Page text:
Figure 2: Nominal US 10 year Bond Yields forecast
US Dollar appreciation to be short-lived
While the Fed remains the only major central bank raising interest rates over in the first half of the year, we expect the US Dollar to continue to appreciate, especially as judging by Fed fund futures, the market is currently not expecting further tightening. However, as other major central banks – the European Central Bank, Bank of Japan, Bank of England for example start to think about policy normalisation, we could see interest rate differentials narrow and the US Dollar weaken. Additionally, with growing indebtedness in the US – exacerbated by recent tax cuts – we expect a depreciation in the US Dollar.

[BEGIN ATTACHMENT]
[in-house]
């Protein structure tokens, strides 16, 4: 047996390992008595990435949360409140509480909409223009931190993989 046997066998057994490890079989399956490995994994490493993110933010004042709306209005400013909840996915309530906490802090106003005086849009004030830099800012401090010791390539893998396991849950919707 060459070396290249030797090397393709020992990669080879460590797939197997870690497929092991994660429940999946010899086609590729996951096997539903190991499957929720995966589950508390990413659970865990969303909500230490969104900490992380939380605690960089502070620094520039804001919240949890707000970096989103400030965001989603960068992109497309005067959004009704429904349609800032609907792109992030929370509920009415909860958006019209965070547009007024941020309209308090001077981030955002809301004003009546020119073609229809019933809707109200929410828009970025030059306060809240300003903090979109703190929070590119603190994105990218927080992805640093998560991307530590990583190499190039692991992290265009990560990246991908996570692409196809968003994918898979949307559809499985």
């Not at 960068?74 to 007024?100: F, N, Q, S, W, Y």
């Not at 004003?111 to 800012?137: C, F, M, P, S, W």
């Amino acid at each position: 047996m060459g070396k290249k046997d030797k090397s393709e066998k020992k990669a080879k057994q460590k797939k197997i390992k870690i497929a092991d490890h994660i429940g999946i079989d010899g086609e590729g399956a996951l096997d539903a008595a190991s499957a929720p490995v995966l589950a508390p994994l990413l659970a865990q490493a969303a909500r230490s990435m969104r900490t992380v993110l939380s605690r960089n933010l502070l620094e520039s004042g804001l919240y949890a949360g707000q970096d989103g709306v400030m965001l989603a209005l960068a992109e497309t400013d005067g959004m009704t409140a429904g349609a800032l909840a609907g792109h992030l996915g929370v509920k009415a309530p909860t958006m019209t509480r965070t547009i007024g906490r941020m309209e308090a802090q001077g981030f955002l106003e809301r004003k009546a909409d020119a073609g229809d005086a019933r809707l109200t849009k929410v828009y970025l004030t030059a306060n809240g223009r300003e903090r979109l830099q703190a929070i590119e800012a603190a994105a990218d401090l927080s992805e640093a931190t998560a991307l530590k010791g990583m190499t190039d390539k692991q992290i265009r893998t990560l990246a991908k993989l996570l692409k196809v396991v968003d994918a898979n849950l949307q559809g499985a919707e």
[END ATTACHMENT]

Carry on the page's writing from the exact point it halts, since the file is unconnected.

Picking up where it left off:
Figure 3: US Dollar Exchange Rate Forecast
Inflationary pressures to persist, but remain contained by Fed’s policy
US consumer price index (CPI) inflation peaked at 2.9% in July 2018 and declined to 2.2% in November 2018. Volatile energy prices were responsible for a large part of the rise and decline. We expect the Fed’s policy tightening to continue to keep demand-driven inflation in check, but a recovery in oil prices will likely place upward pressure on inflation at the headline level. We expect a small increase in inflation to 2.3% by year-end.
Figure 4: Consumer Price Index inflation forecast
What will help sentiment toward gold improve?